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The low-lying area bounded by Peace, Capital Blvd, Edenton Street, and the railroad track (which overpasses Peace) is the area of downtown with the most potential to be a livable, serviceable neighborhood with excellent transit access. The blocks are currently littered with light industrial one-story buildings of no historic or architectural value, so it is an area that will most certainly be 100% replaced in the next couple of decades.
Raleigh needs to proceed carefully here, though, because the potential for the area is so great. How much retail vs. residential spaces is needed in this rectangle? Does Raleigh want Peace Street’s south edge to be lined with retail and car-centric, or should Peace Street just be a thoroughfare for cars to efficiently move without interaction with pedestrians and erratic retail traffic?
This is the prime area for an impressive downtown grocery store. Publix has expressed interest in opening a store in downtown Raleigh, but national fresh-focused chains like Sprouts and Earth Fare are expanding to/in this area as well. Add to those three the fact that Whole Foods on Wade Avenue is bursting at the seams and cannot meet demand. With these safe blocks of blank canvas in the heart of a booming apartment market, it is almost a slam dunk to expect an excellent grocer to strongly consider this zone of downtown.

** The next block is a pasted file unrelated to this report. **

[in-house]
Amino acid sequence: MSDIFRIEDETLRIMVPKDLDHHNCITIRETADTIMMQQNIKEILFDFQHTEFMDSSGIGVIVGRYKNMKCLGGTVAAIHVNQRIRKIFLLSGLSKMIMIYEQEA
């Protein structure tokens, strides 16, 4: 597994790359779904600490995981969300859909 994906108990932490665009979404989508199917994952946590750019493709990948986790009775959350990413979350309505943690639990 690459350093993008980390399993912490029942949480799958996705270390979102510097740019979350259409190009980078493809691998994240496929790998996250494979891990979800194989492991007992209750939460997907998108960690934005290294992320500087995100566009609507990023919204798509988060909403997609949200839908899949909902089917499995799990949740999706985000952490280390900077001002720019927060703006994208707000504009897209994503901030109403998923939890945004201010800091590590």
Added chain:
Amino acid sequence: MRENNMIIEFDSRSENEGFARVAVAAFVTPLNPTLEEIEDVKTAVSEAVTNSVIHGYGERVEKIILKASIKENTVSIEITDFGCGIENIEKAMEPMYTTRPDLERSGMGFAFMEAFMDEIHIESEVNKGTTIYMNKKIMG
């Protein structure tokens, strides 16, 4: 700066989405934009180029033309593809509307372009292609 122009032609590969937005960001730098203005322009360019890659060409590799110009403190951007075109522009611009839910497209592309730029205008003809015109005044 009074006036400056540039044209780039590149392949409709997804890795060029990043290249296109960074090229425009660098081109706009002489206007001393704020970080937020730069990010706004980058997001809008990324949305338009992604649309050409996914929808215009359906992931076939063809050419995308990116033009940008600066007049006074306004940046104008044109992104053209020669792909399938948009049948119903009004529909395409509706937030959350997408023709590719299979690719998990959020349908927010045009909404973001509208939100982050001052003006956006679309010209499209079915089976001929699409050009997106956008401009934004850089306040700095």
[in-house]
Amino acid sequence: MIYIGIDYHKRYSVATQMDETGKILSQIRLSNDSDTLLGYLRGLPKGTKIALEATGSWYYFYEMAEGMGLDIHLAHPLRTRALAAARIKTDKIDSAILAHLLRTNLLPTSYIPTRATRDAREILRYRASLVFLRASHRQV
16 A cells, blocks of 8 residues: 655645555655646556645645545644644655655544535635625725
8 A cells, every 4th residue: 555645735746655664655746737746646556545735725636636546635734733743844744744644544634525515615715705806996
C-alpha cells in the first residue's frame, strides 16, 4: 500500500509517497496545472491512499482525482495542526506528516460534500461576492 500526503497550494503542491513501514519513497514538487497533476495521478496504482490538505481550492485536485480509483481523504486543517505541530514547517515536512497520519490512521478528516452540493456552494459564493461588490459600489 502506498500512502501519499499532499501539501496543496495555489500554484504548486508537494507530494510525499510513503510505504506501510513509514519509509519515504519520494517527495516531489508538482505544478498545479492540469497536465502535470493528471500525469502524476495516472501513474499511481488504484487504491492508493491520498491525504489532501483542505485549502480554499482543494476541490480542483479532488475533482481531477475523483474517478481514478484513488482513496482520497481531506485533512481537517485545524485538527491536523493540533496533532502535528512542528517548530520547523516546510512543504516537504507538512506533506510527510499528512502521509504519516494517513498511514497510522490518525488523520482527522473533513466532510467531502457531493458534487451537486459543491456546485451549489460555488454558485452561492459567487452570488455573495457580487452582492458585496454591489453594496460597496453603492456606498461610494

Instead of one of these grocers entering this area of downtown with a low, large-footprint store and a sea of parking, wouldn’t it be neat if the store, its parking, and some residential were all combined into one complex? Whole Foods’ home office in Austin sits above two levels of parking garage accessible by travelator, but includes a moderately sized office highrise in the complex as well. A project like West II would be much better for the area if its street level access did more for the neighborhood than just offering a couple of garage accesses. This is be no means the criteria for success for all apartment projects in downtown, however it is a way of thinking that developers need to adopt. There is much money to be made in the downtown grocery business, and the developer who gets it right, first, will profit greatly while offering downtown residents a great service.